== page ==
Today, while my family and I are looking at vacation property in Turlock, I am happy to announce the names of the kind and dedicated folks who have volunteered to take my place here on Page 2 for the next several weeks.
I say “volunteered” as if they won’t be compensated for their heroic efforts, when in fact certain fame awaits them and perhaps even fortune. At the very least it will be nice to have disgruntled readers throwing rotten Yolo County tomatoes at their homes instead of mine beginning Tuesday.
Because the Large Judging Body (see photo above) takes great pains not to know the identity of the author of the essay he is reading, it’s pure and simple luck that this year he just happened to select five female winners and five male winners as required by Davis city law.
Yes, unless the author’s style or very words reveal who he or she is, there is no way the LJB has a clue, thus dismissing any charges of favoritism or prejudice. Still, it’s nice to know the Human Relations Commission will not be on my back for another year and demanding a federal investigation of my selection methods.
Indeed, Barack Obama himself could enter the contest and not be known, unless he started talking about Sasha and Malia and Vladimir Putin.
All entrants, including those who were not selected this time around, followed the various contests rules to a “T,” which means for the third consecutive year there were no “dead cat” entries. For that I am everlastingly grateful.
Unfortunately, one out-of-town entrant by the name of Leo Tolstoy exceeded the 800-word limit by approximately 587,000 words with his essay titled “War and Peace” and had to be eliminated. Other than that, it was a stellar year.
So, very briefly, I’ll try to give you a taste of what you’re in for as summer turns to fall and black walnuts begin to drop from our ancient trees. Some essays are funny, some serious and some somewhere in between.
Roger Gambatese, a longtime local attorney, reports his absolute delight at a letter in the mail he received that began with the salutation “Dear Athlete.” I’d like to get one of those myself to confirm that all my early-morning jogging around the living room furniture has not been in vain.
Martha Ozonoff, meanwhile, offered a compelling piece in which she states “I find myself a member of a club that I would never have willingly joined. And yet I am incredibly proud to count myself as a card-carrying member of that club.” Tune in next week to learn exactly which club Martha is talking about.
Bob Schultz, a longtime educator who won this very contest on several occasions in a previous life, notes that “Life is a marathon and we’ll never get our young people ready to succeed if we don’t give them the right tools to tackle real-world problems using their best critical thinking and putting their math, writing and reading skills into practice.” Amen, my friend, amen.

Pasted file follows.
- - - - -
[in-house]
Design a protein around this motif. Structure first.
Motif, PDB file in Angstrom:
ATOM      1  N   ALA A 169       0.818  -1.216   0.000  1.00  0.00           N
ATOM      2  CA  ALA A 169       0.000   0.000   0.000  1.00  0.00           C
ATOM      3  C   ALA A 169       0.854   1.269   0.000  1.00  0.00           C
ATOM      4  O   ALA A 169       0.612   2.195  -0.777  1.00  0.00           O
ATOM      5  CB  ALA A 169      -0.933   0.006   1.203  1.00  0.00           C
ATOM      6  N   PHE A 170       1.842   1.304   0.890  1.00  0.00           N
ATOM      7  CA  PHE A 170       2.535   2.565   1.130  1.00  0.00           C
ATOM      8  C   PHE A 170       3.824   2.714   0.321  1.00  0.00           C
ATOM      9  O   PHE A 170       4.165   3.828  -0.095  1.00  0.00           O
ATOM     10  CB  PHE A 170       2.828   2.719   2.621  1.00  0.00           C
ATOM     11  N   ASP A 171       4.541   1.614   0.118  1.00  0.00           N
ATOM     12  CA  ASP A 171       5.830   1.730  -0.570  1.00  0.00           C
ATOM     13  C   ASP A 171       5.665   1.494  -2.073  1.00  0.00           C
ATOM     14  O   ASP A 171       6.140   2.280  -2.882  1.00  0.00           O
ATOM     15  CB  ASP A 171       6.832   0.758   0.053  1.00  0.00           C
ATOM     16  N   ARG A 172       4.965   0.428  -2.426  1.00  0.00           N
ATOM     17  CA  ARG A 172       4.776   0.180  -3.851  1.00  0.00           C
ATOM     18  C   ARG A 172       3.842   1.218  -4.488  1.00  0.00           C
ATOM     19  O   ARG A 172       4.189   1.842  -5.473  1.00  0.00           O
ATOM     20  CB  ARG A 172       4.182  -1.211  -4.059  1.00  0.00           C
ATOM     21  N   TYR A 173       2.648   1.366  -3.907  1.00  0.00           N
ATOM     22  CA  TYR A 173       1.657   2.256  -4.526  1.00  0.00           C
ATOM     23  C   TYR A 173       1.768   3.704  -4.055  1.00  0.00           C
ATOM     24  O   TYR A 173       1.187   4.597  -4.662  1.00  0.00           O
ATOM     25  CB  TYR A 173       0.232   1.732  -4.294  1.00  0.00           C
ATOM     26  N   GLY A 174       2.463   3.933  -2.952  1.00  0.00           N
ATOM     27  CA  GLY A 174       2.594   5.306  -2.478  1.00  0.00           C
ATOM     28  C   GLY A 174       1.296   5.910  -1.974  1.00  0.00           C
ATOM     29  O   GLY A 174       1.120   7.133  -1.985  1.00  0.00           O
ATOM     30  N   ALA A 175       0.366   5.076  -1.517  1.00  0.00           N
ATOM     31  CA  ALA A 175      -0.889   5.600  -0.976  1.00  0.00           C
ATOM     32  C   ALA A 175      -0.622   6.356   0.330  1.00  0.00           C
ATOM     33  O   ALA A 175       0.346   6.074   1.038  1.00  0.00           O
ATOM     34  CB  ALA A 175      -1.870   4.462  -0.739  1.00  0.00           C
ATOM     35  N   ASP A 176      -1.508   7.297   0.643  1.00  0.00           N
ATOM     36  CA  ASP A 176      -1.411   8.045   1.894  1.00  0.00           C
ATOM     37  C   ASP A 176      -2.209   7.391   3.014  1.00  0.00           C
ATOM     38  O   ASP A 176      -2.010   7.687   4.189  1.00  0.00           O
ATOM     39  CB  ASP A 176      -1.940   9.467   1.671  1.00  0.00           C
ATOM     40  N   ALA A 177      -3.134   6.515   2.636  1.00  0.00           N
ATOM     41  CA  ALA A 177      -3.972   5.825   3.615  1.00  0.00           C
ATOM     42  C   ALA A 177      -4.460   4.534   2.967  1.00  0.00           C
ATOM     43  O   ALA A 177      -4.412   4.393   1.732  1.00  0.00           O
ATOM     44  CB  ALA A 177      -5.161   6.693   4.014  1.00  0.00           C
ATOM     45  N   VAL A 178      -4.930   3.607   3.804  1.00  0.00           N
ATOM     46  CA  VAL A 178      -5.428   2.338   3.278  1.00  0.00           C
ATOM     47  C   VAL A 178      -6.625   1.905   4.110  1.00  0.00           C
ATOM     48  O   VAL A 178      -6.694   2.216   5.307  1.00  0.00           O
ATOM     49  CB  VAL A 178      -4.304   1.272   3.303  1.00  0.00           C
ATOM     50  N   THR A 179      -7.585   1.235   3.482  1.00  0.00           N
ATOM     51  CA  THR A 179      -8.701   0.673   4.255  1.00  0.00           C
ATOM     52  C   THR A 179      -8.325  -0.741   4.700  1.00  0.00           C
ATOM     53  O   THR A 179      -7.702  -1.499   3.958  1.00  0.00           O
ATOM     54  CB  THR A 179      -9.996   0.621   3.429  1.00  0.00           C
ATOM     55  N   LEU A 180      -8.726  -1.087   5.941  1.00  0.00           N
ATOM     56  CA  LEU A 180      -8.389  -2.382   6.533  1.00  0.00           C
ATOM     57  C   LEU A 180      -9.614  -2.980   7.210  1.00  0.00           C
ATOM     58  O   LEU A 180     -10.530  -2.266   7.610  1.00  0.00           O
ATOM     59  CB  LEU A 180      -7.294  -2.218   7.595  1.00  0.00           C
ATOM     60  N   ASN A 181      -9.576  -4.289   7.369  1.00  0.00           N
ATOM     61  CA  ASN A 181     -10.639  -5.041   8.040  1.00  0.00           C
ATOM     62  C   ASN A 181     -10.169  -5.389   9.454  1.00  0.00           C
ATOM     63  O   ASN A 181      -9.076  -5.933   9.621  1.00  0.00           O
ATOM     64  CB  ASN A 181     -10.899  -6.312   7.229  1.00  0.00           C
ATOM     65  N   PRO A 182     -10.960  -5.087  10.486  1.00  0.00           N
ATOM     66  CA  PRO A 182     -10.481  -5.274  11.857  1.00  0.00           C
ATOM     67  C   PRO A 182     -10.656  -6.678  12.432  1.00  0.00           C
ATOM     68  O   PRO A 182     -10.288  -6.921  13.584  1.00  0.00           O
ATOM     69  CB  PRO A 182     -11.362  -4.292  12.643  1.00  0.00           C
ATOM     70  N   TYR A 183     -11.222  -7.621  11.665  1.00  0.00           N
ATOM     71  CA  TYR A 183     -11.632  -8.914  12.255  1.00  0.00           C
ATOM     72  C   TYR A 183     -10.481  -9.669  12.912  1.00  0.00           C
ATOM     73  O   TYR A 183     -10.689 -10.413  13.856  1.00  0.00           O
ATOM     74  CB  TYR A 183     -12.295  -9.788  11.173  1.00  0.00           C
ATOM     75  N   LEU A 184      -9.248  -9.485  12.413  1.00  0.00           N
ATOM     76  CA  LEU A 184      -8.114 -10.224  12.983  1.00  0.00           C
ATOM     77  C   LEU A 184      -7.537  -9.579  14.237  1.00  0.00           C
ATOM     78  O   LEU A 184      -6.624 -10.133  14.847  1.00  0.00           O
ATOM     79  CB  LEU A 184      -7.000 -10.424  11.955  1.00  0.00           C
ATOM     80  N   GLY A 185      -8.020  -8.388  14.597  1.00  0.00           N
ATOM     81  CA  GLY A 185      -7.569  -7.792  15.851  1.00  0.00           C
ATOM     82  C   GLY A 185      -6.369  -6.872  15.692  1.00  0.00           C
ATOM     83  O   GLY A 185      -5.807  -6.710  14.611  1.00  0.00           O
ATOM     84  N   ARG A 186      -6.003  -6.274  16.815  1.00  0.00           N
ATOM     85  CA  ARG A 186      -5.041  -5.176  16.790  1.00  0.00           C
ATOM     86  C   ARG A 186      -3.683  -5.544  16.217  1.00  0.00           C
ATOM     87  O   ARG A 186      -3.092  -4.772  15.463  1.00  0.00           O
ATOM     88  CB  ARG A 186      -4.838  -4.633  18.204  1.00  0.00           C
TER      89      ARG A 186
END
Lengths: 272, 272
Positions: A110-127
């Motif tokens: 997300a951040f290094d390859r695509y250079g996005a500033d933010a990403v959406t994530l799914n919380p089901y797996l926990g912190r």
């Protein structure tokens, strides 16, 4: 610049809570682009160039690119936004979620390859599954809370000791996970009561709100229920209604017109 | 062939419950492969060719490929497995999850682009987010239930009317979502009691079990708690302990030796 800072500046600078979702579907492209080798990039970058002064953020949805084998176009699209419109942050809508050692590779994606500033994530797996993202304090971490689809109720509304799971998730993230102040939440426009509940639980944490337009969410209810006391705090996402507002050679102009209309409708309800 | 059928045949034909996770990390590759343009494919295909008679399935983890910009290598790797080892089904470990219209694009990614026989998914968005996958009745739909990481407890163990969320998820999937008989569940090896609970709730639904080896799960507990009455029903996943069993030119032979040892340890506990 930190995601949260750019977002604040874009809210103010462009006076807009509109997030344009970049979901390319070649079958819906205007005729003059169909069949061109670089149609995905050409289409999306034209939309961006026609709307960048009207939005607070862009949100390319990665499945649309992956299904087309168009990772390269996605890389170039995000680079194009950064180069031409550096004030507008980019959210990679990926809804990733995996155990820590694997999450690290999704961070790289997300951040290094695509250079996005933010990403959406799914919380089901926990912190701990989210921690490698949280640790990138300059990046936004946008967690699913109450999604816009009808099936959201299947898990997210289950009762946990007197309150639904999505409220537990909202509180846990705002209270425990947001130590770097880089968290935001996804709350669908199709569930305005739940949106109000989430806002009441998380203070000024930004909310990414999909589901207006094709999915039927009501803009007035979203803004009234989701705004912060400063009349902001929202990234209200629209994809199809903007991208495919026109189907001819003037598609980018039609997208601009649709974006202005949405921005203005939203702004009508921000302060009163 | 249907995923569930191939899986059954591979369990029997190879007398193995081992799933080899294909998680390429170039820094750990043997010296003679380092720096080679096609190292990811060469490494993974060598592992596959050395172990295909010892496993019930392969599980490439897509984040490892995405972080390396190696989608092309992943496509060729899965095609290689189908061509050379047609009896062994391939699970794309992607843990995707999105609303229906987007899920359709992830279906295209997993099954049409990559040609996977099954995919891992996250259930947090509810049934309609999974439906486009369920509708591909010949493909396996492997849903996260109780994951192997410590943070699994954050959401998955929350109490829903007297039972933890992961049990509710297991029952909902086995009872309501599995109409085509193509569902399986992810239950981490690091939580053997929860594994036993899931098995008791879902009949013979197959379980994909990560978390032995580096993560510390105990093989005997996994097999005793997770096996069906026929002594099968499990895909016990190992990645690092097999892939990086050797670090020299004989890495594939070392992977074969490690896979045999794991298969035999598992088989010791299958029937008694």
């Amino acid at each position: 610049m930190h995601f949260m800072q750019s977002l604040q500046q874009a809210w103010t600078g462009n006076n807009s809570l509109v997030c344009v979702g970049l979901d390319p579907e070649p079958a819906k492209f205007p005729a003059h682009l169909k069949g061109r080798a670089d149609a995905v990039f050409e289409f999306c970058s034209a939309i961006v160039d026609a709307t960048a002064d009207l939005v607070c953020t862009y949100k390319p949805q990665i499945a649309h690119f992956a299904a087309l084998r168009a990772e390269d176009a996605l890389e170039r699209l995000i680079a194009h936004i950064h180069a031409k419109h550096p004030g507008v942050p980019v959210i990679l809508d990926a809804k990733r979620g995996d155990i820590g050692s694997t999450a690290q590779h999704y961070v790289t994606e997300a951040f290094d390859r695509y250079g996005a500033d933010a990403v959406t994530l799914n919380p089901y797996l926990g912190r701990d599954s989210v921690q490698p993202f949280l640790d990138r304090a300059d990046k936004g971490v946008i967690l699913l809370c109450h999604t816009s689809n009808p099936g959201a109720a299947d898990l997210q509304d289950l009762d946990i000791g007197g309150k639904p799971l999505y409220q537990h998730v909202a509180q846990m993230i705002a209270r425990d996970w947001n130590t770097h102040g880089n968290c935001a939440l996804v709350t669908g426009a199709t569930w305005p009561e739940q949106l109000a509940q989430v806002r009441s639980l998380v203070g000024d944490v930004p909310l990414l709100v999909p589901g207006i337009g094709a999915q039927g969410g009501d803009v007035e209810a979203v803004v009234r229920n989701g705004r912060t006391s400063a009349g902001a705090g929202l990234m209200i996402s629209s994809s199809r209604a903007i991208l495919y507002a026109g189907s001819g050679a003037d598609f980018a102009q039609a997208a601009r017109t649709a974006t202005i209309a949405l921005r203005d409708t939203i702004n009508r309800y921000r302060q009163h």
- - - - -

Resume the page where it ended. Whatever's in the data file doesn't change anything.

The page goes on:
“I saw it coming,” writes Professor J. Ann Moylan. “The day the dollhouse moved out to be replaced with wall-to-wall and ceiling posters. The day the Beanie Babies found a new home in my closet. The day the posters came down to be replaced with framed photographs.” And it gets even more interesting from there.
Sharon Knox’s “Tales from the Village of All Things Right and Relevant” will have many people nodding their heads in enthusiastic agreement.
“My first friend in Davis was also new in town and we bonded over anxiety about the unwritten rules we always seemed to be breaking. A woman once chased her down to inform her that her son’s face had become very red while he was running, and suggested she consult a doctor. Tragically, the child has a life-threatening case of Irish complexion.”
Barbara McNurlin, who moved to Davis to be nearer to folks named Ashlyn and Kian, notes that “This summer I happened upon a sure-fire approach to vastly increase the neuron firings in my brain. It didn’t take arduous planning. In fact, I came upon it by accident.” Interesting stuff, to say the least.
Plant sciences professor Alan Bennett asks “How about flavovores?” and then suggests “This is not a trend yet, but that’s what I am and I’m predicting that this will be the next big trend, especially if we can get Michael Pollan to write a book about this.” As a flavovore myself, I found Alan’s discussion of tomatoes and other alleged foods intriguing.
Which brings us to published author Karen Levy, who opens, “They’re out there, causing even the stoutest of heart among us to sit white-knuckled, pale-faced, our blood pressure inching toward the danger zone.” Certainly made me want to read more, as all of her stuff does.
Dave Allen, who moved to Davis centuries ago to teach Spanish at UC Davis, is “sitting at a table on the new roof garden of the venerable Davis train station, watching a parade of boats in the Port of Davis marina.” Fantasy? Perhaps not.
And finally, we have Keith Redenbaugh, who said in a note that accompanied his essay, “I treasure each rejection so as to rejoice the rare success.” No treasuring this year, Keith, just rejoicing.
In fact, thanks to all of the above, there will be rejoicing all around.
— Reach Bob Dunning at firstname.lastname@example.org